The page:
Red Bull (Pinterest)
Yeah, yeah, I know Red Bull isn’t exactly “under the radar.” But, on Pinterest they aren’t exactly a hot commodity either with just 692 followers to date and 11 boards. But, I love how they’re using the tool to extend their brand personality. Some of the better boards include: Holy Shit (people doing crazy stuff, like kayaking out of a plane), Festibull (a variety of photos from their popular event), and Give us Wings to Fly Here (my favorite, made up of destinations to visit with those wings). Overall, a great example of curated content on Pinterest–I’d like to see more celebrity pics here since Red Bull does so much with celebs, but I’m guessing copyright and use laws might be getting in the way.
Boston Celtics (Instagram)
As a Minnesota sports fan, no one is a bigger Beantown hater than me. But, you gotta give it to the Cs social team. They nail it with tools like Instagram when it comes to content. Why? Because they accomplish a few things. 1–They use it as a tool to get fans excited. See the “Let’s Go Celtics!” towel above–which I actually think the entire city of Boston “liked” on Instagram that day. 2–They use IG photos to give fans a behind the scenes look at Celtics life (see pic of KG above in the tunnel before a game–very cool). And 3–They just have fun with it (see pic above of Celtics watering can putting out Miami’s “Heat.” Excellent use of the tool. Excellent use of visual content for a brand that’s not entirely based on photographic content.
Boeing (blogging and video)
When you think content, you probably don’t instantly think of world-class jet manufacturers. But, Boeing’s got a firm grasp on their audience (Boeing geeks, essentially) and what they want to see online. Vice president of marketing, Randy Tinseth, brings that to life in his blog, aptly named “Randy’s blog.” In the blog, he showcases trips around the world to market the new jets (recently visiting Sao Paulo), insider photos from Boeing plants (very geeky) and stats and numbers that only people who REALLY cared about these big jumbo jets would read about. Not surprisingly, the blog garners a number of comments–and for a blog focused on manufacturing jumbo jets, I’d say that’s pretty darn impressive. Again, they know their audience.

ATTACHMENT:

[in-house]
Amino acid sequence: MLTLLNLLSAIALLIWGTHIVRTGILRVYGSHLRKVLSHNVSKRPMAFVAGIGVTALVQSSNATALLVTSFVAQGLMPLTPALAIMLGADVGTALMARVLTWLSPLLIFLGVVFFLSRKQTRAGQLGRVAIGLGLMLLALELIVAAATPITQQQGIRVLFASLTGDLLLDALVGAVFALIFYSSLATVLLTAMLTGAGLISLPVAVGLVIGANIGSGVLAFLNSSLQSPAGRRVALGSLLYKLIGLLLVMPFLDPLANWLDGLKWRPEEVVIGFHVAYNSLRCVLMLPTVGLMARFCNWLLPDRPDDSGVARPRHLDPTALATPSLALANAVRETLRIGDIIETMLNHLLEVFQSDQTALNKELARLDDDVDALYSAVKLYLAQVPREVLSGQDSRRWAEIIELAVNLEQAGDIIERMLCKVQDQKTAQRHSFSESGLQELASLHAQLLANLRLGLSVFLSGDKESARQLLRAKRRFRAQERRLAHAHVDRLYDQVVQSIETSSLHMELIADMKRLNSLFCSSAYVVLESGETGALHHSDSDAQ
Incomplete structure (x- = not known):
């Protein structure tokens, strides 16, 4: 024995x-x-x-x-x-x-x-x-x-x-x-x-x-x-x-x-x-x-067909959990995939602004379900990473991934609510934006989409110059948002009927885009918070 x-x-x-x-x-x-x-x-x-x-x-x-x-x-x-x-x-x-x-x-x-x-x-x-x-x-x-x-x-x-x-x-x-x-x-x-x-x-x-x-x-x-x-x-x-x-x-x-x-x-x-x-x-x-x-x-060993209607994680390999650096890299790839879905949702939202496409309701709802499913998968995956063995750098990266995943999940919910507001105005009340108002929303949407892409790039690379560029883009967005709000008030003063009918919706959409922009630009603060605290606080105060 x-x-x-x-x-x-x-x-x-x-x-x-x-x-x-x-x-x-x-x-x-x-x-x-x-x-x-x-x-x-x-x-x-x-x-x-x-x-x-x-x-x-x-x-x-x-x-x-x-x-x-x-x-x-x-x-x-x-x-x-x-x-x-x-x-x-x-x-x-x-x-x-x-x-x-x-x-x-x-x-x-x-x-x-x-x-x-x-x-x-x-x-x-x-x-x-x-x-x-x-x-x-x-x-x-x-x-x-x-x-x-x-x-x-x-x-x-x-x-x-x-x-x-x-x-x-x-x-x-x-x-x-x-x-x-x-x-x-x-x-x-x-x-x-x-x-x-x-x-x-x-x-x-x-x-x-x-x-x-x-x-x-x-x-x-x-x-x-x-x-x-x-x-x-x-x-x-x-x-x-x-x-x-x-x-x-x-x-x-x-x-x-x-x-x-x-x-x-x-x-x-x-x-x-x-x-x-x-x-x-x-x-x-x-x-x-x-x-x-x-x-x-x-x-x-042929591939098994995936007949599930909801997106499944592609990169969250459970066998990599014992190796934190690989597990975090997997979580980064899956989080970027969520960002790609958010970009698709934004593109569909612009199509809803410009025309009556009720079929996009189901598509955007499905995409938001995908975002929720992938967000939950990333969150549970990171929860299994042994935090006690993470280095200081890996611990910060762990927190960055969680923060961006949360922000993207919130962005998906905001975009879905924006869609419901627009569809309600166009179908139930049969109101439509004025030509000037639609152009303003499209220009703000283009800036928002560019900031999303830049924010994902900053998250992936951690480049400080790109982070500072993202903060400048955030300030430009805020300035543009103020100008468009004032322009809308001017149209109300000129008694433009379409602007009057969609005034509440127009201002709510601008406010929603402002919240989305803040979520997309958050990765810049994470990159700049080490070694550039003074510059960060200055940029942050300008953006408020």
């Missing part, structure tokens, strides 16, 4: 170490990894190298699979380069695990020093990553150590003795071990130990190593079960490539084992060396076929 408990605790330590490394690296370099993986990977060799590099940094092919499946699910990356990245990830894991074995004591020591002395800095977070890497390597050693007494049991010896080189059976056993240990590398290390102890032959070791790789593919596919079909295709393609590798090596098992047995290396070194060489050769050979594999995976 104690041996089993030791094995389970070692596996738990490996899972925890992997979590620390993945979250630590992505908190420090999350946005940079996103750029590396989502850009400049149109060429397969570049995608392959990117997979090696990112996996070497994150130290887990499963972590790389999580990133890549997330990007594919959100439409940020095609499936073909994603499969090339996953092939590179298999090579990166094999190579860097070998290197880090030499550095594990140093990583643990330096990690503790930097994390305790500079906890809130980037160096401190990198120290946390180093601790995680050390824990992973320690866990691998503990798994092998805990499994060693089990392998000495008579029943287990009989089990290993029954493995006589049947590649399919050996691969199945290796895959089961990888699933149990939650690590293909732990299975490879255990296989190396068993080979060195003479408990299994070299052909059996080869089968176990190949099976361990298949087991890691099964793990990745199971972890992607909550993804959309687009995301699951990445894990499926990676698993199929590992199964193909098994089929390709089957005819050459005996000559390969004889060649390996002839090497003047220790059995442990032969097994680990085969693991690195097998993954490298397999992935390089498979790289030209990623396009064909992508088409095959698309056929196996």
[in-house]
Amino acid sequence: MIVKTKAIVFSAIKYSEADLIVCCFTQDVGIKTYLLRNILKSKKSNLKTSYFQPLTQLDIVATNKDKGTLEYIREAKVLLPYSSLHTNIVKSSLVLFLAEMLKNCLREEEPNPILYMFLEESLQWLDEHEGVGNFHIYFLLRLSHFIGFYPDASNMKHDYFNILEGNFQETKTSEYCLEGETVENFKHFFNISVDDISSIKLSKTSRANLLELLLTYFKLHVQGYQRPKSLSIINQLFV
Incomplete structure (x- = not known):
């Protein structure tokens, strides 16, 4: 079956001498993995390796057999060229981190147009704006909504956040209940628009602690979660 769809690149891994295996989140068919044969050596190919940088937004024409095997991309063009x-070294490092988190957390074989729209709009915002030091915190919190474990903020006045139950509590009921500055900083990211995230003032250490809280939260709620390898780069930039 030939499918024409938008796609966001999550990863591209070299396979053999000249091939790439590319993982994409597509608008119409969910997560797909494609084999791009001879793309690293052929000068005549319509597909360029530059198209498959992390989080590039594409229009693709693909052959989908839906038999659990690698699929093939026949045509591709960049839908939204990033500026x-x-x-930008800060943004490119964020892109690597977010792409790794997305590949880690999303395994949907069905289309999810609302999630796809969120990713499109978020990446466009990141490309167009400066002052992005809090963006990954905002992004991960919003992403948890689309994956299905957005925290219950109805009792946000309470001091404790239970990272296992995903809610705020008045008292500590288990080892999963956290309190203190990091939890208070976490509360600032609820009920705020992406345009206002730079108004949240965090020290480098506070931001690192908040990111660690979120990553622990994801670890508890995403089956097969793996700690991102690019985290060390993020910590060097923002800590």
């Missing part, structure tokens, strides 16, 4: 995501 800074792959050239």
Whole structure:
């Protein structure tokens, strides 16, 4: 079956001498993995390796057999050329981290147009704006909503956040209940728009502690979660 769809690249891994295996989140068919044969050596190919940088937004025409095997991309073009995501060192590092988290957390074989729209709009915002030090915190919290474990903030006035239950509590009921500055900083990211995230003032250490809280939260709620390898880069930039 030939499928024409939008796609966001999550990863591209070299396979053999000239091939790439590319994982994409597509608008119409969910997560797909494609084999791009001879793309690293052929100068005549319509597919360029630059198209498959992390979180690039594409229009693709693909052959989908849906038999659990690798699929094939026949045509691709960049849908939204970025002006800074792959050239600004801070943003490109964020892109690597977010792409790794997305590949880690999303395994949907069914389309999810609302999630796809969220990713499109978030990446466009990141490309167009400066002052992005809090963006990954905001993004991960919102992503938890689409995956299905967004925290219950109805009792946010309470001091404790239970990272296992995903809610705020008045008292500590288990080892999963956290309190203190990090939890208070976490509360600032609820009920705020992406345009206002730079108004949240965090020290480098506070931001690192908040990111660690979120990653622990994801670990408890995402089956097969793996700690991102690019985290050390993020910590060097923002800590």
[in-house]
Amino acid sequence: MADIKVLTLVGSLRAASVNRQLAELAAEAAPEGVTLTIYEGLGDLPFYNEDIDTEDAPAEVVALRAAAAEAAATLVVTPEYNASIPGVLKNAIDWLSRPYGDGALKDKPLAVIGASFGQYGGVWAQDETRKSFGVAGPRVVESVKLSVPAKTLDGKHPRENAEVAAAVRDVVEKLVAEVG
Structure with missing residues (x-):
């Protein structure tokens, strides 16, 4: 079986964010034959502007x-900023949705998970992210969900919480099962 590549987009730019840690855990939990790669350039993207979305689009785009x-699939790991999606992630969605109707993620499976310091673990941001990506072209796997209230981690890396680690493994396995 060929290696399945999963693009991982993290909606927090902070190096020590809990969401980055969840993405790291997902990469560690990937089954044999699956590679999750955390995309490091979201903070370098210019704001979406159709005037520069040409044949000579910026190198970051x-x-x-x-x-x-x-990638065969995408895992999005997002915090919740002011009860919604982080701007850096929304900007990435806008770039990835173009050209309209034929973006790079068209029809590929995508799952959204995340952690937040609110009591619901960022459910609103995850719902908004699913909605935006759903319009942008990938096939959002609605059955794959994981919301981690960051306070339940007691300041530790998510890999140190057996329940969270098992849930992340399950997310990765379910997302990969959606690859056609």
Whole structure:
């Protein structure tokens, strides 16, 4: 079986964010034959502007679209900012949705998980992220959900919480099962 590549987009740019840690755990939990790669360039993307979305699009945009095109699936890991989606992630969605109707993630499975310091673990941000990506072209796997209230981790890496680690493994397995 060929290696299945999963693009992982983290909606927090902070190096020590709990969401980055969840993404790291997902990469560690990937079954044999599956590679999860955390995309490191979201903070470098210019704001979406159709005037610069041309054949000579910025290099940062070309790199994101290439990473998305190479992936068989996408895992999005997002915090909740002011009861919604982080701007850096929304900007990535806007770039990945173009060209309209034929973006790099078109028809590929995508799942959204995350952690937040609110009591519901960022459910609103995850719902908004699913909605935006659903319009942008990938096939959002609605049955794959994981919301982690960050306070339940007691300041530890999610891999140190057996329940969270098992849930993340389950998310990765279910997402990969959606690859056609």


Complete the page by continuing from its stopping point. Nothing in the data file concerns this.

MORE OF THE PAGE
But here’s my favorite part. Boeing does incredible things with its video content. I mean, just look at the numbers. 14,000-plus subscribers and a whopping 4 MILLION-plus video views. Much like Randy’s blog, the channel focuses on some pretty geeky jet-based content. Test flights. New technology. Behind the scenes footage. It’s all a part of the channel. One video that inspired a ton of traffic and comments (98 to be exact) is this video which shows the in-depth process of how Boeing tested its Boeing 787. Keep in mind, 102,000-plus people watched this video. 98 commented. And it’s 11-plus minutes long. Impressive yet again.
Another example of a big brand using a tool effectively to reach a key audience with content that resonates. Sounds so simple, but if it was so easy everyone would be doing it. And clearly, that’s just not happening. But, Intel excels here on a platform it knows its customers are using (Google+ is well known for its tech base). But, it’s Intel’s content that really does the trick here (after you self-identify and tell them what “user group” you’re a part of right at the top of the page–brilliant). Of course, most of the content is “branded content.” But, that doesn’t mean it’s not compelling. For example, the SciArt created by youth across the world is pretty darn cool. Or, what about the simple quotes they share in visual format (recent Picasso quote garnered 105 +s and 32 shares). Or, a recent link to an article on the company’s curated IQ site about social TV trends. Sure, they mix in a healthy dose of product promotion, but they also share a decent amount of content that’s just plain interesting to their audience.
Those are my picks. What brands do you see out there that are really understanding social content–and why?